As any business knows, search engine optimization is crucial for building a stronger and more productive marketing strategy. However, there are so many components related to SEO that it can be easy to miss some of the smaller details.
One such piece is anchor text.
When trying to optimize your website, anchor text counts for a lot more than you may realize. Fortunately, we’re here to help you understand how it works and why it’s so valuable.
Let’s dive into the power of links and anchor text in your SEO practices.
What is Anchor Text?
Anchor text is any text on a webpage that contains a hyperlink to another page. This text is often blue and underlined to show that it is a link. This anchor text and they links they contain can be a powerful tool in signaling to search engines about the linked page is about.
However, while the concept is easy to understand, there’s a bit more to it than meets the eye. There are various types of anchor text, and each one can be used in different ways.
The primary point to understand is that the word or phrase being hyperlinked is now considered a keyword. When surveying and ranking your web pages, Google will pay close attention to your anchor text to see if it’s related to the content in the link. As we’ll discuss later on, it’s crucial to use anchor text strategically to ensure that your pages get sorted appropriately.
Here’s a quick rundown of the different kinds of anchor text you can use:
- Random – Our example above is random anchor text because the word “here” doesn’t relate to the link’s content
- Naked URL – The anchor text is a URL instead of a keyword (i.e., https://biziq.com)
- Branded – The text is related to a particular brand, such as BizIQ
- Phrase Match – Rather than being a specific keyword, the anchor text is a keyword phrase. For example, “anchor text optimization” vs. “anchor text”
- Exact Match – The anchor text is a specific keyword, such as “SEO Marketing”
- Partial Match – While the anchor text is embedded in a keyword or phrase, it doesn’t encompass the whole thing. For example, BizIQ SEO marketing services
- Image Links – Pictures on your website should have alt text to help Google know what it’s about. If you use your images as links, the alt text is considered the anchor text
How to Use Anchor Text in Your Site
As we mentioned, the value of anchor text is that it can help Google and other search engines learn more about your page’s content. So, before adding hyperlinks to your site, you need to know where and how to deploy them. Fortunately, the same strategies work for both inbound and outbound links. Here are some of our top recommendations:
Avoid Random Anchor Text (Except for CTAs)
Since anchor text is treated as a keyword, you want to treat it as you would any other keywords on your page. So, linking to random text can confuse search engines and make it harder to index your pages correctly. There is an exception to this rule, though. If you have a CTA (i.e., click here to subscribe!), anchor text is necessary.
Pay Attention to Image Alt Text
Many companies don’t utilize image alt text as much as they should. However, Google pays close attention to these keywords, and they can be used as anchor text when linking pictures. When optimizing your website, you need to be thorough and vigilant.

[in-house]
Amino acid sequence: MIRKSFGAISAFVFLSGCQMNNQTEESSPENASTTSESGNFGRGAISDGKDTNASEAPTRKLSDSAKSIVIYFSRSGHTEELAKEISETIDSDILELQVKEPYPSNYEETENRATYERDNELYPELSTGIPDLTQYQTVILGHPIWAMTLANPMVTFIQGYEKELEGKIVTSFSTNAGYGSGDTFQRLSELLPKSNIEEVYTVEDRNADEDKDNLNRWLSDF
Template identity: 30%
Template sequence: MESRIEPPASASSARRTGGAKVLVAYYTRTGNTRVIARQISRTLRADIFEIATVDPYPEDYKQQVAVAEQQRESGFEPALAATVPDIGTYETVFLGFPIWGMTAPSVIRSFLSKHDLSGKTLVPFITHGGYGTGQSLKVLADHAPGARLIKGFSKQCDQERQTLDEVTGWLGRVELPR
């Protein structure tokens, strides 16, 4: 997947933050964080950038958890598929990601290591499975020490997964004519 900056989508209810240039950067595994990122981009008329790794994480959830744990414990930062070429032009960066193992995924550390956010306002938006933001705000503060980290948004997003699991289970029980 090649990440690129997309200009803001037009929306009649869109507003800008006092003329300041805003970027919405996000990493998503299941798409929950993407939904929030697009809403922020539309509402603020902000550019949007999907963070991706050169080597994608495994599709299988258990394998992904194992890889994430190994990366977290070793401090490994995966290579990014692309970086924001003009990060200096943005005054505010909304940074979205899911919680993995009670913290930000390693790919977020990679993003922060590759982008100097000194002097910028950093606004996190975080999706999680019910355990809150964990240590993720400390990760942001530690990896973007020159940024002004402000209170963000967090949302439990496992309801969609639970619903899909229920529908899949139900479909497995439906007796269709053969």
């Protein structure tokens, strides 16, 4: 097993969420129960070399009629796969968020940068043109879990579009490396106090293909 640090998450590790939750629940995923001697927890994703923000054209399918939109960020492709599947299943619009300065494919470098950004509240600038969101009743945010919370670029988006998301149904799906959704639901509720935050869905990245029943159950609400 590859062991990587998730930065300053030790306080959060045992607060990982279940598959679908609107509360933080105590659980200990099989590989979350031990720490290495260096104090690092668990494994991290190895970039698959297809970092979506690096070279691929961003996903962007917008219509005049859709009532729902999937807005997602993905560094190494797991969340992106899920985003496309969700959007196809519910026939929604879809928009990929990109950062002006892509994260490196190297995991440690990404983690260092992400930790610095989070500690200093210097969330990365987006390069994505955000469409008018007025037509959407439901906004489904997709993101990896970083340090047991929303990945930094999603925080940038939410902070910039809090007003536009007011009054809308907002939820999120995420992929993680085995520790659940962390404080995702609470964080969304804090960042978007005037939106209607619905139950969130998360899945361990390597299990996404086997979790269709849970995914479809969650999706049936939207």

Keywords Only Matter for the Linked Content
Let’s say that you have a page devoted to dog food, but you link to a study about a particular breed (i.e., French bulldog). Even though your page is about dog food, the anchor text should be related to the study. Doing this will provide the proper context for Google so that it can index the links correctly. Overall, the search engine only pays attention to the anchor text, not the entire page, so make sure it’s relevant.
Optimizing Your Anchor Text
Once you discover the value of anchor text, it’s natural to want and optimize every link within your pages. However, Google penalizes over-optimized websites, so you must be careful about where and how you place the anchor text. Here are some top tips for anchor text optimization:
Stay Relevant as Much as Possible
Use keywords to help you determine where to place your anchor text. Latent semantic index (LSI) keywords can help you figure out which ones work best. While Google doesn’t rely on these, they can provide some inspiration. For the uninitiated, LSI keywords are the recommended search results based on your query. For example, if you type “SEO marketing” into the search bar, other options are “SEO marketing company,” “SEO marketing definition,” and so on.
Use Partial and Exact Keywords
To avoid over-optimization, don’t limit your anchor text to exact match keywords. Instead, use extra words to provide more context and make your links less spammy.
Match the Link Content’s Keywords
Let’s say you’re linking to an internal page with the header: “How to Maximize Your Facebook Ads.” That header can act as a perfect anchor text on the page from which you’re linking. Doing this will establish consistency and make it easier for Google to determine context.
Use Branded Anchor Text for Outbound Links
You don’t need branded links for internal anchor text since users already know who you are. However, adding a brand name to outbound links can help you build authority. Just make sure to link to reputable sites (i.e., HubSpot’s Top Facebook Ad Strategies), so Google doesn’t think you’re being spammy.
Do You Need Help with Your Site’s SEO?
As you can see, search engine optimization is a complicated process, so it helps to have professionals on your side. BizIQ’s SEO experts knows how to optimize everything on your website, from images to anchor text to backlinks. Let us help you build more reliable site traffic!
Contact us today to find out more.